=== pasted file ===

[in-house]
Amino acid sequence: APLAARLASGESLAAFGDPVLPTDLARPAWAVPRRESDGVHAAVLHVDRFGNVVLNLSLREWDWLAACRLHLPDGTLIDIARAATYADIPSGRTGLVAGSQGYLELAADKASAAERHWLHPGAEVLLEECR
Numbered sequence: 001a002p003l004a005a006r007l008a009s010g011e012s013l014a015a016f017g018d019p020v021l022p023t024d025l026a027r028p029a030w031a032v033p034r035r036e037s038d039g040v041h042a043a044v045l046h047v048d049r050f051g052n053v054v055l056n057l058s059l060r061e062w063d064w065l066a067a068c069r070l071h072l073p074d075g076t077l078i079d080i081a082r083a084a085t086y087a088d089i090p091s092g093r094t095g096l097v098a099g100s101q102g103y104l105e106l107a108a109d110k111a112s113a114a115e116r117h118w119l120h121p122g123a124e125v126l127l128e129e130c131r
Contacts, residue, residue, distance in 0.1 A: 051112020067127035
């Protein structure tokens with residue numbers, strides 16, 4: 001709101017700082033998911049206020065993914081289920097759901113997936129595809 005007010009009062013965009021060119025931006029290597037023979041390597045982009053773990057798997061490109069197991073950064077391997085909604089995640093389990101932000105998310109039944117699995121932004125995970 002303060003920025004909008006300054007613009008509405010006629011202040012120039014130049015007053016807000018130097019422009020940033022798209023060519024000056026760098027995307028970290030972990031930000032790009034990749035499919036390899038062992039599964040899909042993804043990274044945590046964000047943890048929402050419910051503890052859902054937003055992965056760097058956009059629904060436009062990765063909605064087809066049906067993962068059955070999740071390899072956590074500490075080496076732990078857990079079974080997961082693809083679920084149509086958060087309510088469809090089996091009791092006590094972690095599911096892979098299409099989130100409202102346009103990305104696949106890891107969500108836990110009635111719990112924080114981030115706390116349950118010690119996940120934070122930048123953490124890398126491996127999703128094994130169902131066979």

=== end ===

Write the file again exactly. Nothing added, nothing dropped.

[in-house]
Amino acid sequence: APLAARLASGESLAAFGDPVLPTDLARPAWAVPRRESDGVHAAVLHVDRFGNVVLNLSLREWDWLAACRLHLPDGTLIDIARAATYADIPSGRTGLVAGSQGYLELAADKASAAERHWLHPGAEVLLEECR
Numbered sequence: 001a002p003l004a005a006r007l008a009s010g011e012s013l014a015a016f017g018d019p020v021l022p023t024d025l026a027r028p029a030w031a032v033p034r035r036e037s038d039g040v041h042a043a044v045l046h047v048d049r050f051g052n053v054v055l056n057l058s059l060r061e062w063d064w065l066a067a068c069r070l071h072l073p074d075g076t077l078i079d080i081a082r083a084a085t086y087a088d089i090p091s092g093r094t095g096l097v098a099g100s101q102g103y104l105e106l107a108a109d110k111a112s113a114a115e116r117h118w119l120h121p122g123a124e125v126l127l128e129e130c131r
Contacts, residue, residue, distance in 0.1 A: 051112020067127035
């Protein structure tokens with residue numbers, strides 16, 4: 001709101017700082033998911049206020065993914081289920097759901113997936129595809 005007010009009062013965009021060119025931006029290597037023979041390597045982009053773990057798997061490109069197991073950064077391997085909604089995640093389990101932000105998310109039944117699995121932004125995970 002303060003920025004909008006300054007613009008509405010006629011202040012120039014130049015007053016807000018130097019422009020940033022798209023060519024000056026760098027995307028970290030972990031930000032790009034990749035499919036390899038062992039599964040899909042993804043990274044945590046964000047943890048929402050419910051503890052859902054937003055992965056760097058956009059629904060436009062990765063909605064087809066049906067993962068059955070999740071390899072956590074500490075080496076732990078857990079079974080997961082693809083679920084149509086958060087309510088469809090089996091009791092006590094972690095599911096892979098299409099989130100409202102346009103990305104696949106890891107969500108836990110009635111719990112924080114981030115706390116349950118010690119996940120934070122930048123953490124890398126491996127999703128094994130169902131066979």